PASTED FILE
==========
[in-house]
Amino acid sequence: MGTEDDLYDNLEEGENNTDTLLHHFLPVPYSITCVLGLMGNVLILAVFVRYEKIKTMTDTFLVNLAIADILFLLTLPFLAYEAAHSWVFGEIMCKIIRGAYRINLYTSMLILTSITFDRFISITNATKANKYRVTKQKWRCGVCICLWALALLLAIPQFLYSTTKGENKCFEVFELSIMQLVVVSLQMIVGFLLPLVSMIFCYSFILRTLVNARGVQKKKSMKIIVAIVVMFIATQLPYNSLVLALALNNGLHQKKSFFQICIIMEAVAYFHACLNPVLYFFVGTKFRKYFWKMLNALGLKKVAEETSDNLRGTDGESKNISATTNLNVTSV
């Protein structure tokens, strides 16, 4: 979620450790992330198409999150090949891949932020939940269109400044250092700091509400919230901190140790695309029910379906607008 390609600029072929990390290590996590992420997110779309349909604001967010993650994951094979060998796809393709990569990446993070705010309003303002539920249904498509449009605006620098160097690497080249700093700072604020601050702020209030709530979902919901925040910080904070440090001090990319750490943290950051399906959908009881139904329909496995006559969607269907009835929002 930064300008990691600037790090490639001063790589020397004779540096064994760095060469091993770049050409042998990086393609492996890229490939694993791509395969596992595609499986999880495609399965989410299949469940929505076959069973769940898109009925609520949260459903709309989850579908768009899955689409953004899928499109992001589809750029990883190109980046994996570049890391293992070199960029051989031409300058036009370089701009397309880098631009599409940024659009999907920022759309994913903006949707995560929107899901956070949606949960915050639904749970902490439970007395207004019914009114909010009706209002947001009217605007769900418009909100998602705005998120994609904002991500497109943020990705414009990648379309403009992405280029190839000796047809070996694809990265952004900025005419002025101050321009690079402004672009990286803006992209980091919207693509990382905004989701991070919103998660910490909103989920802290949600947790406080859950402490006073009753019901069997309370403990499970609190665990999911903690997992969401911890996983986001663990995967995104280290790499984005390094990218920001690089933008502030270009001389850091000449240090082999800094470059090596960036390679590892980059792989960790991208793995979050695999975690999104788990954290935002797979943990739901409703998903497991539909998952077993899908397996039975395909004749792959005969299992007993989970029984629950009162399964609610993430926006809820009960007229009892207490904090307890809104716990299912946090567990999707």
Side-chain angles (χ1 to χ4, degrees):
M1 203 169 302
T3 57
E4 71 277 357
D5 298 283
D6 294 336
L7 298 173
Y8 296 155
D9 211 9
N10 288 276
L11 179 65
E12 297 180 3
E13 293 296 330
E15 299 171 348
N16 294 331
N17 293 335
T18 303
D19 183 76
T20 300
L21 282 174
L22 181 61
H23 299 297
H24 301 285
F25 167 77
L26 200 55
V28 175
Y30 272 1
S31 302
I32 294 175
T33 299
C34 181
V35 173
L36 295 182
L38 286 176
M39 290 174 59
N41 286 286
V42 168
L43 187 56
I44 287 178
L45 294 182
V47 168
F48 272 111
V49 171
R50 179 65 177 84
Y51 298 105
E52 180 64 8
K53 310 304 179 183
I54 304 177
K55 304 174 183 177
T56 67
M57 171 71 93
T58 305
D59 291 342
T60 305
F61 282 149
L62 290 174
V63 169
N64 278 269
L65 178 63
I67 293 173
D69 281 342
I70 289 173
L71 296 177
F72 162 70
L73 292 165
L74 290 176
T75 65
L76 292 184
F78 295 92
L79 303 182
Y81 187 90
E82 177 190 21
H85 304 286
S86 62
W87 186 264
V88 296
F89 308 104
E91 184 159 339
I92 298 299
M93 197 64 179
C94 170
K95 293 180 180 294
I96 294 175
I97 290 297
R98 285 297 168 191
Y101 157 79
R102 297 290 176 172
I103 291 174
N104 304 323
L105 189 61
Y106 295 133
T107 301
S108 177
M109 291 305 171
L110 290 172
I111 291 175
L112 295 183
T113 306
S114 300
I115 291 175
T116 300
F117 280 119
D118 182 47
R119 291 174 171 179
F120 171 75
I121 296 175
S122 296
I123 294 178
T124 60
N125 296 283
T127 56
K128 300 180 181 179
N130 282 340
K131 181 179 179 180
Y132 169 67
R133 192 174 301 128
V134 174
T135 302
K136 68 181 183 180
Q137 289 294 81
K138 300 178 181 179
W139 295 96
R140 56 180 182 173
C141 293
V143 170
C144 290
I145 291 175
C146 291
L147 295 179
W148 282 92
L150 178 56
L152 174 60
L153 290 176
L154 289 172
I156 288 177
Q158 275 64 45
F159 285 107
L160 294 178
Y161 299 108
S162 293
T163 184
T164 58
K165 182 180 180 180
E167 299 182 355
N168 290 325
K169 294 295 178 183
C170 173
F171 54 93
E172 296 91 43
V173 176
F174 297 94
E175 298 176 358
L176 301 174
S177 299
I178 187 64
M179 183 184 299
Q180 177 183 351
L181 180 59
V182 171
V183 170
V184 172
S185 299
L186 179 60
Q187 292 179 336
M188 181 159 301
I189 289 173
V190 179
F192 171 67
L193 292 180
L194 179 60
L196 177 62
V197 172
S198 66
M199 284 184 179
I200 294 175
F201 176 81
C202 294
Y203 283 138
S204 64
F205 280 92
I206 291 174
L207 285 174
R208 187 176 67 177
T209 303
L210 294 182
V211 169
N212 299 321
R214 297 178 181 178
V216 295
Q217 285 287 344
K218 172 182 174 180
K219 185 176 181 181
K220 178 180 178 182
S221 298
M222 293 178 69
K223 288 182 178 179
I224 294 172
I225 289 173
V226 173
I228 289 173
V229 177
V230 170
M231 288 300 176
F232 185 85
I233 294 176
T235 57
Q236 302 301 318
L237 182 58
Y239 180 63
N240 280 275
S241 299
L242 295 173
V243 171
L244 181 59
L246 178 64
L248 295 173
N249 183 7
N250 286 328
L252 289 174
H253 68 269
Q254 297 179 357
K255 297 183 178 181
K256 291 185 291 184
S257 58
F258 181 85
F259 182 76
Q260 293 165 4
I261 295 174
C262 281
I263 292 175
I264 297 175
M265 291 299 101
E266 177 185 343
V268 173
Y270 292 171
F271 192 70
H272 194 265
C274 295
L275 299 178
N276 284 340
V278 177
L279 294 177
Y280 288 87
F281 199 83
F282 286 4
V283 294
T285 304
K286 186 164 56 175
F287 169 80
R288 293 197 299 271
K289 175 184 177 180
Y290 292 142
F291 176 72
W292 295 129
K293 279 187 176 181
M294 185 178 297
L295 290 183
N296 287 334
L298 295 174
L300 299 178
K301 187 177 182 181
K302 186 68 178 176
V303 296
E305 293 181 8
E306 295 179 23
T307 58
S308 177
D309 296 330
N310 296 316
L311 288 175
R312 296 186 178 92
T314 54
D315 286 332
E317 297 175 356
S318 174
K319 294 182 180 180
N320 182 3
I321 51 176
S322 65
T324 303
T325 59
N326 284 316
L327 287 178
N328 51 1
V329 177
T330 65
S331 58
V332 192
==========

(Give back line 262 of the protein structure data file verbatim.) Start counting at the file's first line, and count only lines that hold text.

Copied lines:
L298 295 174